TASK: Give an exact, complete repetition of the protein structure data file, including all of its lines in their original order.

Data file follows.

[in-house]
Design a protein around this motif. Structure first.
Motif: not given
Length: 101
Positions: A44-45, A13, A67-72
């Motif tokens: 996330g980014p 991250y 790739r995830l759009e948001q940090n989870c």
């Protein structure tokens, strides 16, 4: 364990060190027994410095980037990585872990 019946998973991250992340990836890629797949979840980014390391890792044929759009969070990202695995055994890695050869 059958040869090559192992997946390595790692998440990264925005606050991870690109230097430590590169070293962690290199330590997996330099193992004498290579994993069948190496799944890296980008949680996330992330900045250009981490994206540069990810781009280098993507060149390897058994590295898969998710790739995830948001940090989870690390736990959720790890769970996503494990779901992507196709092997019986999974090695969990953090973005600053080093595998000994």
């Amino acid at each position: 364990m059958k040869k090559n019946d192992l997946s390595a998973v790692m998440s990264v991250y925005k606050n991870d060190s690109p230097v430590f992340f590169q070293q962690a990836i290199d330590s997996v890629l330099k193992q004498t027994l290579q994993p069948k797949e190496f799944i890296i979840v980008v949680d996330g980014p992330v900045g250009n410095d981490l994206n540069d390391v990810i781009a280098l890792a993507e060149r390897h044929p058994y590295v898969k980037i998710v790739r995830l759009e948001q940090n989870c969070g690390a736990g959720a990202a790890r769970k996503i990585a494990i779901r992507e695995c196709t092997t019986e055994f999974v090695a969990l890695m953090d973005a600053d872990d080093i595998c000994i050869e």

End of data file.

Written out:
[in-house]
Design a protein around this motif. Structure first.
Motif: not given
Length: 101
Positions: A44-45, A13, A67-72
């Motif tokens: 996330g980014p 991250y 790739r995830l759009e948001q940090n989870c």
């Protein structure tokens, strides 16, 4: 364990060190027994410095980037990585872990 019946998973991250992340990836890629797949979840980014390391890792044929759009969070990202695995055994890695050869 059958040869090559192992997946390595790692998440990264925005606050991870690109230097430590590169070293962690290199330590997996330099193992004498290579994993069948190496799944890296980008949680996330992330900045250009981490994206540069990810781009280098993507060149390897058994590295898969998710790739995830948001940090989870690390736990959720790890769970996503494990779901992507196709092997019986999974090695969990953090973005600053080093595998000994």
């Amino acid at each position: 364990m059958k040869k090559n019946d192992l997946s390595a998973v790692m998440s990264v991250y925005k606050n991870d060190s690109p230097v430590f992340f590169q070293q962690a990836i290199d330590s997996v890629l330099k193992q004498t027994l290579q994993p069948k797949e190496f799944i890296i979840v980008v949680d996330g980014p992330v900045g250009n410095d981490l994206n540069d390391v990810i781009a280098l890792a993507e060149r390897h044929p058994y590295v898969k980037i998710v790739r995830l759009e948001q940090n989870c969070g690390a736990g959720a990202a790890r769970k996503i990585a494990i779901r992507e695995c196709t092997t019986e055994f999974v090695a969990l890695m953090d973005a600053d872990d080093i595998c000994i050869e």